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sans serif

Plau! New font by Niramekko


Hey everyone, I'd like to introduce a fresh new face from Niramekko. Plau is the name and it's available at MyFonts: http://new.myfonts.com/fonts/niramekko/plau/

The description:
Futurist typeface from the programming era, Plau is a sans-serif with rounded corner personality and interestingly deliberate lettershapes. Comfortable in headlines, reads surprisingly well in longer passages of text.

Also looks quite interesting on the screen.

Hope you guys like it.

Gothic (sans) and Gothic (Fraktur)

I have not been able to find out why san serif fonts such as Franklin Gothic are called Gothic. Fraktura and similar blackletter typefaces are also called Gothic. Can anyone point me to a book/text/site, where this difference — or similarity in name — originated? Or, may I hear from an expert in the house?



My new project, a compact, solidly constructed realist sans serif that draws its influences from Germany.

It's only got one weight right now (hopefully over time I'll make this a large font family with 6 or 7 weights). I'd love some help getting the rhythm and consistency just right. I can spend hours just focused on one glyph, so it's hard to remember sometimes how crucial rhythm, weight and color are as well.

I just built it from scratch in 48 hours, but any input would be much appreciated!


! UPDATE (2/21): New pdf here!

Hey Guys! Need a quick font match for this picture

Hey Guys! Need a quick font match for the picture below, it looks like a font I recognise as being fairly familiar, quality of image isn't that great as it's from a low res file, trying to bring the logo into Vector form so would be nice to be able to retype all the words!

Thanks for all your help!

Basa Nova


I have never draw in fontlab alone before, most of the time I draw the glyphs in Illustrator piece by piece merging each objects and pasting it inside fontlab prior to tweaking. This is my first try to draw every glyphs in fontlab so please bear with me =)

I'll name it Basa Nova for the meantime until I can think of something better. Basa means "read" in my native language and because it was intended to be a text face which readability is important, I decided to name it this way.

I'm not sure if some of the letterforms do make sense at all but I kinda like it subtlety when it is set into a running texts, though I might be wrong too.

Only lowercase letters for now and currently designing the uppercase as of this writing. Do you think it is worth pushing for?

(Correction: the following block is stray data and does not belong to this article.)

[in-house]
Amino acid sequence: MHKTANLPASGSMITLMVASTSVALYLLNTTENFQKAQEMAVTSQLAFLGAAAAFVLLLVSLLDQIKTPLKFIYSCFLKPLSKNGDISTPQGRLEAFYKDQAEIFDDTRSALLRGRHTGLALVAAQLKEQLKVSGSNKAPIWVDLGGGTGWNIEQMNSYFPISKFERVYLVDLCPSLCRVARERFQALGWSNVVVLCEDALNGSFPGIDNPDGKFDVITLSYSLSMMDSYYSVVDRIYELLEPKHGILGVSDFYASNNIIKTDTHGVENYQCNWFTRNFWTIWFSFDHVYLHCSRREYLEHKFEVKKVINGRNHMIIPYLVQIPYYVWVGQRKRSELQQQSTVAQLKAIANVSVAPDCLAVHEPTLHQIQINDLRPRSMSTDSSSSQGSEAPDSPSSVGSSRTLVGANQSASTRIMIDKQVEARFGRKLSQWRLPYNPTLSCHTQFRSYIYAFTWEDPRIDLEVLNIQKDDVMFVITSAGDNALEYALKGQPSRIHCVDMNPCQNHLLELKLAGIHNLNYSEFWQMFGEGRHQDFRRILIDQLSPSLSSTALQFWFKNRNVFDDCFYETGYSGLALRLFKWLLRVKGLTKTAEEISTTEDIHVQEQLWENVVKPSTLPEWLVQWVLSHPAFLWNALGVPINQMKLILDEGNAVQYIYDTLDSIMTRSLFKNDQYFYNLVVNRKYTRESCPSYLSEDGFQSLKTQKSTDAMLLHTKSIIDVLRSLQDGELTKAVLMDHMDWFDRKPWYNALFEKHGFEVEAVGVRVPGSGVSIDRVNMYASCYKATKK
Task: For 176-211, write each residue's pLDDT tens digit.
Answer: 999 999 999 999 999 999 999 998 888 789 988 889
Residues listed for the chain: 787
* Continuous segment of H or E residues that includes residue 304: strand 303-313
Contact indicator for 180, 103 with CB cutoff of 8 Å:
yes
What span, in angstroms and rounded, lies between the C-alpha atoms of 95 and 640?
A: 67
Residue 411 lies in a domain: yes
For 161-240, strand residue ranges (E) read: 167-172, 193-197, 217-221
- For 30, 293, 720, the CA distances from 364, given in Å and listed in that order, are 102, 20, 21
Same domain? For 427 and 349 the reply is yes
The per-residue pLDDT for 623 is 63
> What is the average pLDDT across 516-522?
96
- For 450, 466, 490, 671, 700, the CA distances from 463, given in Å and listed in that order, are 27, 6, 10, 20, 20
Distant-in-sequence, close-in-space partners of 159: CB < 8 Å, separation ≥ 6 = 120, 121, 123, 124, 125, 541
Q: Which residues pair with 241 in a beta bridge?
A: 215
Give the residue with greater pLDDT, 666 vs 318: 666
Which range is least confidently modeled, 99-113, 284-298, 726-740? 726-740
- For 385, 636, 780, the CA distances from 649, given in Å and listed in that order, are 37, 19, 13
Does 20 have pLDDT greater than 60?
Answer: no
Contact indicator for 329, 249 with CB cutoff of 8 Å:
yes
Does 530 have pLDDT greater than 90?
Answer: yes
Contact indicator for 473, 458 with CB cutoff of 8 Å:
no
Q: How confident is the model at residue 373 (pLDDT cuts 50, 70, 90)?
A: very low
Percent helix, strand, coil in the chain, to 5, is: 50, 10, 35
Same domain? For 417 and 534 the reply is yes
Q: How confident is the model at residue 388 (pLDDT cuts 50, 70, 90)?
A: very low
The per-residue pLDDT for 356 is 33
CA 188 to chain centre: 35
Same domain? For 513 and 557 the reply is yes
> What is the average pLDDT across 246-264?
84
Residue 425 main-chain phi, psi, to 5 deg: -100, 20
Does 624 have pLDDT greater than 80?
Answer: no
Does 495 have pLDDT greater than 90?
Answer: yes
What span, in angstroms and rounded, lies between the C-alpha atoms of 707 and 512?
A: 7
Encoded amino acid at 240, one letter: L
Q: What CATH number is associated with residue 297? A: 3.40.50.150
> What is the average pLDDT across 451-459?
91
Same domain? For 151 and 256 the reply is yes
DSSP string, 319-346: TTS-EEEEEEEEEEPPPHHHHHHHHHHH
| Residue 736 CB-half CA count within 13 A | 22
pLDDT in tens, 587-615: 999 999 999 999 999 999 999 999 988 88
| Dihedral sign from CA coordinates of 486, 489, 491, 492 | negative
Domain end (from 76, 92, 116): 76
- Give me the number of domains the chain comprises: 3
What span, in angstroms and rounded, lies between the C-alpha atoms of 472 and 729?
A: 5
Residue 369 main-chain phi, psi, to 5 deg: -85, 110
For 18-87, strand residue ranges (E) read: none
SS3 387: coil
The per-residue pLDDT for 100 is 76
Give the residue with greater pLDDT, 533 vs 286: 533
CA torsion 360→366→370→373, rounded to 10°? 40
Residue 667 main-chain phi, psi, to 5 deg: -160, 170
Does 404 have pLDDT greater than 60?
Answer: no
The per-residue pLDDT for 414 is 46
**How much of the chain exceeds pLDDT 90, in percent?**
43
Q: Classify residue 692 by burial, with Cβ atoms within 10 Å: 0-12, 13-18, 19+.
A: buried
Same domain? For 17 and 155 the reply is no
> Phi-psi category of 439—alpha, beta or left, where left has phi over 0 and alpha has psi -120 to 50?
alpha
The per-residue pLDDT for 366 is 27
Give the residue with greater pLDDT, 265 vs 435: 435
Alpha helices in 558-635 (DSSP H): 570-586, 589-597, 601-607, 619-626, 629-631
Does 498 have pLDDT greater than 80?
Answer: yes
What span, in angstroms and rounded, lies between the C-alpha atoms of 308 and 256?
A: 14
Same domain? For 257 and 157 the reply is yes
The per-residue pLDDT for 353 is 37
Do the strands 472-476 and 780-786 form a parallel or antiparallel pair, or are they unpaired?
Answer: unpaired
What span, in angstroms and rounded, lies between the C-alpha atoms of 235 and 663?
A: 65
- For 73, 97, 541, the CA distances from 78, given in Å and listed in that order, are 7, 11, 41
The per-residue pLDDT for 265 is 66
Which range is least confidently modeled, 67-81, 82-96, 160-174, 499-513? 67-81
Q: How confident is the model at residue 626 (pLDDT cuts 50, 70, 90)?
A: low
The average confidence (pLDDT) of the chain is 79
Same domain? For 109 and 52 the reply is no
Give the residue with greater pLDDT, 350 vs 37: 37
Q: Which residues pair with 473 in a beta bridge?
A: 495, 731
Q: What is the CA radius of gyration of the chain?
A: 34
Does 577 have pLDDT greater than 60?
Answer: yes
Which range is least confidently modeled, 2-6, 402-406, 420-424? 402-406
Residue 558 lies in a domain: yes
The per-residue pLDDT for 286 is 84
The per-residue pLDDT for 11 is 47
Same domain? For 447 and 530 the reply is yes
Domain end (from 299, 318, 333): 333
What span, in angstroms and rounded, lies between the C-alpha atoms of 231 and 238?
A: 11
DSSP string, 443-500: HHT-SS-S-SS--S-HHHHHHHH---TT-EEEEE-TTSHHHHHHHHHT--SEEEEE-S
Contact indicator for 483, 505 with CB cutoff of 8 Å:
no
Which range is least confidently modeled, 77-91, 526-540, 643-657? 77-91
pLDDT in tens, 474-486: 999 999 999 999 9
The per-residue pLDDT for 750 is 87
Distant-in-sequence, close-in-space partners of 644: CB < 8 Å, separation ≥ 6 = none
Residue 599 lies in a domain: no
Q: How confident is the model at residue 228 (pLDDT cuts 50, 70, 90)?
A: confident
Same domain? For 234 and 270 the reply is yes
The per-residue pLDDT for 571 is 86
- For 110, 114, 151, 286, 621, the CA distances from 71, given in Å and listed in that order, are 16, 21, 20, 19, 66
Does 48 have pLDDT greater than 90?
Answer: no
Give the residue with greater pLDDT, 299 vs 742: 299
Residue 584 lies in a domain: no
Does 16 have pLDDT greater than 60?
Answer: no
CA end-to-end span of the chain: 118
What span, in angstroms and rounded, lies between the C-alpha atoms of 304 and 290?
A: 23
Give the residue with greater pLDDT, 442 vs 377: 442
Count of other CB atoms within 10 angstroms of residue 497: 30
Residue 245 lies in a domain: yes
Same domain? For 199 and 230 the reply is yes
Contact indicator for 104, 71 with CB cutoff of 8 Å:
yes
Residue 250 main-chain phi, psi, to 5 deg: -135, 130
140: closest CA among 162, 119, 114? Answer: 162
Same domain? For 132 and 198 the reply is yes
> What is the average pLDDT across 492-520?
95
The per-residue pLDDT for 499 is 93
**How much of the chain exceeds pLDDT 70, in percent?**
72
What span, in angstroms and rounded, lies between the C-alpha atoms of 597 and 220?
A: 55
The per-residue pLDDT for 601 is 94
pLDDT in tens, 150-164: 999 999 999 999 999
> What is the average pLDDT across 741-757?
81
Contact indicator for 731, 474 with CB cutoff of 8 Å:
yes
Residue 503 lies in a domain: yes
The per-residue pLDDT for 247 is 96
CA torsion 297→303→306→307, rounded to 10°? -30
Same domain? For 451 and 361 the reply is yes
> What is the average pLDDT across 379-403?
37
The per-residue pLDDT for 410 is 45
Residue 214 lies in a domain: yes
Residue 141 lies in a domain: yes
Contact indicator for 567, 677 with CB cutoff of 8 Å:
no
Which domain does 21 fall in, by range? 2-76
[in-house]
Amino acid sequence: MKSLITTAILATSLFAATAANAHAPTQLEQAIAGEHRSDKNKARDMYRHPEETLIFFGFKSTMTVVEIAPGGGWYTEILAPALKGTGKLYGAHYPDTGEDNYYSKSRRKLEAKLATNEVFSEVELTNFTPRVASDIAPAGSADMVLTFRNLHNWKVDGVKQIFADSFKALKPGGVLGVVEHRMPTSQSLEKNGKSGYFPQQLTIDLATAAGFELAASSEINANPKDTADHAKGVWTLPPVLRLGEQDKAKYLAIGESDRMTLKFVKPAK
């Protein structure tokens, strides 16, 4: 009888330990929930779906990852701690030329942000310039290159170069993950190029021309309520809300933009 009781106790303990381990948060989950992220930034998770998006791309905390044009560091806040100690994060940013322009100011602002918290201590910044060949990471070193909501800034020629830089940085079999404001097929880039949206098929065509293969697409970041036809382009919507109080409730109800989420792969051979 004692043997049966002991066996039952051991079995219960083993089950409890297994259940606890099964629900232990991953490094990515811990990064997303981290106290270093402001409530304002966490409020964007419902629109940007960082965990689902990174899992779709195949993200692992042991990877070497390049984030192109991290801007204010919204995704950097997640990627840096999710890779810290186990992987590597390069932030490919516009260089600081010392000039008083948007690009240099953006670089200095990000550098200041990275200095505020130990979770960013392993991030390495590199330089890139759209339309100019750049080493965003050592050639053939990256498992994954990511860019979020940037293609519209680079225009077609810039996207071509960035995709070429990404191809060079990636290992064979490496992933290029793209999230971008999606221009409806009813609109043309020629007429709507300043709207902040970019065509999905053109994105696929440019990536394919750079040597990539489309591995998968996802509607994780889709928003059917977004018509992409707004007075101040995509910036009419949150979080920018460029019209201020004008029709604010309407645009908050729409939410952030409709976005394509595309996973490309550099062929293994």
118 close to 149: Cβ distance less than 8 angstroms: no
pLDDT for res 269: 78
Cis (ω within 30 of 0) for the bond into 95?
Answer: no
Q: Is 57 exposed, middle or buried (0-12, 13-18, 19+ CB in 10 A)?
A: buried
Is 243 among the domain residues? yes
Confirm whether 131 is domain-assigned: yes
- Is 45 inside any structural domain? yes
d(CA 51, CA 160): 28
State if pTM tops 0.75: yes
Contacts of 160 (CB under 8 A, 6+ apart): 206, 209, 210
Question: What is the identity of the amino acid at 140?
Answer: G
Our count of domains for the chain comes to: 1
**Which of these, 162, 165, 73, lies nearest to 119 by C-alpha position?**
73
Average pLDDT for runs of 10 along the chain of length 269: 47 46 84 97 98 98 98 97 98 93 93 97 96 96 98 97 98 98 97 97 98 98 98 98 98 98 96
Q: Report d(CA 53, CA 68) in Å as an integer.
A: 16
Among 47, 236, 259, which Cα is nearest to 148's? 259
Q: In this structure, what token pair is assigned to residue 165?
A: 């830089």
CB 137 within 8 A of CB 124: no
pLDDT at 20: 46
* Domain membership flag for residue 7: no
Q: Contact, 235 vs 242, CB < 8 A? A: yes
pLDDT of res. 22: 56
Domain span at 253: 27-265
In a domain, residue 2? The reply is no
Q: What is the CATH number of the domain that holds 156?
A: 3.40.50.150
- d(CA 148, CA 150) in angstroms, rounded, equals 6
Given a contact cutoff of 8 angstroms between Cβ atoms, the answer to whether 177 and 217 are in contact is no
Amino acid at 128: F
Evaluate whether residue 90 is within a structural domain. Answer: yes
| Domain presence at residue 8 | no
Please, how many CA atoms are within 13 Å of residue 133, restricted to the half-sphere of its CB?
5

Looking for a Squared B-Movie Font.

I'm doing the corporative design for a tshirt brand. I want the aesthetics of the b-movies but i dont want it to look trashy or bad-designed for the people that dont are used to that style.

I had found 2 options but i want more.

I though i could use perforama (the second one) but the A had so diagonal angles and the rest of the word that is the name of the brand has a lot of O and M and square things so it was a little problematic.

What do you suggest?

ID a quasi-neo sans/neo tech sans serif for expo xi'an 2011

Hi, guys.

Anyone has an idea what typeface it is in the logo. My first thought is it's slim and flat version of neo sans/tech, but not sure. Or is it a custom font? Thanks in advance. BTW, I didn't try whatthefont.

PS: it's the logo for the International Horticulture Exposition 2011 Xi'an (where I am in), but it's not a good news for us.That's another story.

Thistle: a friendly display face with an edge


This is a concept I've had for a while, that I've only recently began to digitize. It started from the idea of an i, in which the principal stroke and the tittle form a diagonal slice. Here's my original freehand sketch:

I wanted to perhaps turn this idea into a legible gothic typeface with a high x-height, round, open letterforms, and ascenders/descenders/tittles with slanted, angular ends. Here it is digitized in Fontographer:

The lowercase letterforms:

At the moment, Thistle seems better suited for a display font (it could make an excellent logotype). It's surprisingly legible at smaller sizes (although much of the distinguishing slanted strokes and tittles become lost).